Matteotti Murder

1924: 100 years later.

On June 10, 1924, the socialist deputy Giacomo Matteotti was assaulted, abducted, and then killed by a fascist squad.

In the weeks prior, he had become increasingly disliked by the fascist regime due to his exposés of the violence perpetrated by fascism and electoral fraud in the previous April’s elections. Matteotti’s body was found on August 16, 1924. His murder is considered one of the pivotal moments in the construction of the fascist dictatorship. A century after his assassination, we remember the figure of Giacomo Matteotti and that period so crucial to Italian history.

When Giacomo Matteotti was killed, he was the secretary of the Unitary Socialist Party, formed in October 1922 following a split from the Italian Socialist Party, and one of the leading figures of the opposition to the fascist government that was progressively transforming into a dictatorial regime.

As early as 1921, Matteotti had published a Socialist Inquiry into the deeds of the fascists in Italy, denouncing the repeated violence of the fascist action squads during the 1921 election campaign. In 1923, he wrote the text A Year of Fascist Domination – published in the early months of 1924 – in which he tallied and accused the persistence of fascist violence despite the seizure of power following the assignment to form a government that King Victor Emmanuel II had given to Benito Mussolini in the autumn of 1922.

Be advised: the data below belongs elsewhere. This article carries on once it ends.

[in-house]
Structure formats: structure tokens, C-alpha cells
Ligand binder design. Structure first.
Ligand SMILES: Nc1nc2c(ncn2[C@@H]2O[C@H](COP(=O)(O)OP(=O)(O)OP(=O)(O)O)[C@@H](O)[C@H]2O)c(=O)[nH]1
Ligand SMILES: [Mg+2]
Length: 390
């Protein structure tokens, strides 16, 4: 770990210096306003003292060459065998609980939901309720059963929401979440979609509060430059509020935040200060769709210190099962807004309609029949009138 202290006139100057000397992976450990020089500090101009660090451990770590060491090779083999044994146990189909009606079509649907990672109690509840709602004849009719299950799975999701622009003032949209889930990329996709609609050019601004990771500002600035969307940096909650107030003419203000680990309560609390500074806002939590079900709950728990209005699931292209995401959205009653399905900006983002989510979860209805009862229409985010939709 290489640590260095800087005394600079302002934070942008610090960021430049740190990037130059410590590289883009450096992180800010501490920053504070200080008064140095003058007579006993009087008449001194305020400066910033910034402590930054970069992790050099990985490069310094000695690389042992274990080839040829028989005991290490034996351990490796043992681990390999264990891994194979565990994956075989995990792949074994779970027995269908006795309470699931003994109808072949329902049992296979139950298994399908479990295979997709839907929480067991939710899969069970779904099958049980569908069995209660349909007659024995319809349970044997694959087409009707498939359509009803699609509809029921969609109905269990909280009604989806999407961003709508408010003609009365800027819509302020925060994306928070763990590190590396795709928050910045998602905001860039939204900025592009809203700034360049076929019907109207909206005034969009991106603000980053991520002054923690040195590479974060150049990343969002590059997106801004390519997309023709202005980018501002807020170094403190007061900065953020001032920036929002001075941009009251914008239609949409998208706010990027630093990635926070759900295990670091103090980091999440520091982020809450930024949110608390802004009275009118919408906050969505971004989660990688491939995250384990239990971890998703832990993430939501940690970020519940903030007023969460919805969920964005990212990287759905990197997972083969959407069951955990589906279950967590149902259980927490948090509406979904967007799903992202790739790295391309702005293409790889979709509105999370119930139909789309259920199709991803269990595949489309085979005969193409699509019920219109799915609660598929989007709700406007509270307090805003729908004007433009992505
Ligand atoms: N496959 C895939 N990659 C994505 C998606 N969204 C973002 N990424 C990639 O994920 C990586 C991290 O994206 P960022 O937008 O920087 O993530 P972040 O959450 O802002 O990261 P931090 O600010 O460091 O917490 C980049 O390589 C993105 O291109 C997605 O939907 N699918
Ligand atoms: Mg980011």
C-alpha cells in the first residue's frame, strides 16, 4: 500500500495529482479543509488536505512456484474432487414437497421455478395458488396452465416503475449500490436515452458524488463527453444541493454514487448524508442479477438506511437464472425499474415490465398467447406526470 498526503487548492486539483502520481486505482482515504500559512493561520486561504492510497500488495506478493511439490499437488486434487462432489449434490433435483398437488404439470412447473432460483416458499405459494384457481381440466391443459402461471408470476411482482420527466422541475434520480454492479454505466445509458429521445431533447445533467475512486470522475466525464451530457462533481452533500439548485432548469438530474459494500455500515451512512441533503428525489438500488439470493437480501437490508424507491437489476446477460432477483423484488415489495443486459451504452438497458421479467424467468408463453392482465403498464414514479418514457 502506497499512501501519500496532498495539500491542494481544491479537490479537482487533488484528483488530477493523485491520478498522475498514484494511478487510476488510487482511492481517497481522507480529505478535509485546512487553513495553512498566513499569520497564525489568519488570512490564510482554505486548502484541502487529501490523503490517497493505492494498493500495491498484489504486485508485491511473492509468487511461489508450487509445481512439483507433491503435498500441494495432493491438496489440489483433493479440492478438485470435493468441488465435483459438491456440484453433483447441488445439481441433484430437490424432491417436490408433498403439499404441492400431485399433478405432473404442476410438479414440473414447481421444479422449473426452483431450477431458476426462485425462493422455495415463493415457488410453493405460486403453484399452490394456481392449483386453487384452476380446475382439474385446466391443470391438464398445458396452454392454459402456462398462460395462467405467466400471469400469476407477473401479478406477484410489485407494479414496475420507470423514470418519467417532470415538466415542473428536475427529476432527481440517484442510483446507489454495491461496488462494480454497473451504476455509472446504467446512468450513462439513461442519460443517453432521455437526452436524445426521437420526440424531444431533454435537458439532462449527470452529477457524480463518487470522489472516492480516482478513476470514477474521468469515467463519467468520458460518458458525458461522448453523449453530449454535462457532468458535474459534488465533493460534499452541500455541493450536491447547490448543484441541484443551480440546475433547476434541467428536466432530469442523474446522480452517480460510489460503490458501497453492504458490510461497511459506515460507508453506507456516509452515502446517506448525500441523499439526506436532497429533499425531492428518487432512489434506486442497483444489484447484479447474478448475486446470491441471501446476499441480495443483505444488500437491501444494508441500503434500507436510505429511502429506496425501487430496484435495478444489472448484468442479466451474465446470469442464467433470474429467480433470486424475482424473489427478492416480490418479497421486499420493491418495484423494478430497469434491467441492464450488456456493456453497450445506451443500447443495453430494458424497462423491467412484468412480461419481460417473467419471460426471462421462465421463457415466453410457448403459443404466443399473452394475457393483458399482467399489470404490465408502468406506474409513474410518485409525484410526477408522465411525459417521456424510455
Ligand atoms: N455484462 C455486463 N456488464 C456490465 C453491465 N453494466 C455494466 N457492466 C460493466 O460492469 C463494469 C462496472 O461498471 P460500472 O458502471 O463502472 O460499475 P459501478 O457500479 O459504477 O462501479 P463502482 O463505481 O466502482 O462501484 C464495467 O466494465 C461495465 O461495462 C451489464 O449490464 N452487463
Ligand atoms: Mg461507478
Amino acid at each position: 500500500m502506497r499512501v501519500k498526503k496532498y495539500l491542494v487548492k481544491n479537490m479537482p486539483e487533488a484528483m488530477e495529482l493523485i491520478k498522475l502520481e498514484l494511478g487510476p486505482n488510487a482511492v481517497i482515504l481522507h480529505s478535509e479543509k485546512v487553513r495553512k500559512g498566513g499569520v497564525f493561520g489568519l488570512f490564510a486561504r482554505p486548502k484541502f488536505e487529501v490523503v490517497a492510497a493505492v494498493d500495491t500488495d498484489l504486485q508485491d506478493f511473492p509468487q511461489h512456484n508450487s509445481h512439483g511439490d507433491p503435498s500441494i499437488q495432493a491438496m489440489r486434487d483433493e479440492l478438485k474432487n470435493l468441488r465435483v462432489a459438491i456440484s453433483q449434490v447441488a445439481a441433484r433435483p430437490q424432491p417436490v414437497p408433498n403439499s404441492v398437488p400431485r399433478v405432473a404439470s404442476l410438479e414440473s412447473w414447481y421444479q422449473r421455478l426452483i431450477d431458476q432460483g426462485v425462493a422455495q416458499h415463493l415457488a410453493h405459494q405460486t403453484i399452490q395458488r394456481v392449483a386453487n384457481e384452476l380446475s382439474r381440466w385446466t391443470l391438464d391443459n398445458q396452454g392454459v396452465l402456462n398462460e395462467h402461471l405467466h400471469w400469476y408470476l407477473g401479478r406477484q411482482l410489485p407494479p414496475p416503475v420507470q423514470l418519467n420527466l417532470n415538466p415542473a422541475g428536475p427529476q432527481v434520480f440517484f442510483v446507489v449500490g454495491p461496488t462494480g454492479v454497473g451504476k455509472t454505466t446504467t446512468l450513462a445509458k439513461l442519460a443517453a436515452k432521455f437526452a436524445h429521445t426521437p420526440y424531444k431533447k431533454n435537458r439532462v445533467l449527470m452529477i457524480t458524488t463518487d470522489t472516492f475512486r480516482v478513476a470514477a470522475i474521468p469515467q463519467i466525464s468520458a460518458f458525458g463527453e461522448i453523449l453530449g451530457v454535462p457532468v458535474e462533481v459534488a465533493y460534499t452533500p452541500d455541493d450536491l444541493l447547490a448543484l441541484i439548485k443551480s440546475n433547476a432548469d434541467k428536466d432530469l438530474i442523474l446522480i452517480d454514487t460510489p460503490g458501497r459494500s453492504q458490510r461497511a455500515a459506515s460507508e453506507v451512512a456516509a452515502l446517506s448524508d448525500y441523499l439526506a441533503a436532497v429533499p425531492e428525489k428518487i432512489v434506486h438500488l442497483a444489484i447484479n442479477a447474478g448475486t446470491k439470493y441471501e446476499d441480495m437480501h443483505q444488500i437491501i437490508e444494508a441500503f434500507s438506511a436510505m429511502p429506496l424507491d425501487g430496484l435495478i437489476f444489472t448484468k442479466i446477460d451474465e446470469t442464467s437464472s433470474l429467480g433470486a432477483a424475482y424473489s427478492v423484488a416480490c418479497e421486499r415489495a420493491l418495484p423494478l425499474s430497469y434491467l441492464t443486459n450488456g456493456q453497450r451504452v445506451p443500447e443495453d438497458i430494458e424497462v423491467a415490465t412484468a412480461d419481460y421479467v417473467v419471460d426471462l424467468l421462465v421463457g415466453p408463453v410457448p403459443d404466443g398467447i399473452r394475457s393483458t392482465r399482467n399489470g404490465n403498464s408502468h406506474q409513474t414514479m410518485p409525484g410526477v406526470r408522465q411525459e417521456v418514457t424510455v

A few weeks after the political elections of April 6, 1924, on May 30, Matteotti delivered a famous speech accusing fascism: “We challenge here and now the validity of the majority elections. […] According to us, the election is essentially invalid, and we add that it is invalid in all constituencies. […] For your own confirmation [of fascist parliamentarians], no Italian voter was free to decide with his will. […] There is an armed militia, composed of citizens of a single party, which has the declared task of supporting a specific government by force, even if it lacks consent.”

A few days later, Giacomo Matteotti was abducted and killed. Despite the outrage and some initiatives from the opposition, fascism persisted, and on January 3, 1925, Mussolini personally assumed political responsibility for the crime: “I declare here before this assembly and before the entire Italian people that I alone assume the political, moral, and historical responsibility for everything that has happened. If slightly distorted phrases are enough to hang a man, bring out the stake and bring out the rope! If Fascism has been nothing but castor oil and cudgel and not instead a proud passion of the best Italian youth, then the blame is mine! If Fascism has been an association of criminals, if all the violence has been the result of a specific historical, political, moral climate, then I bear the responsibility for this because I have created this historical, political, and moral climate through propaganda from intervention until today.”

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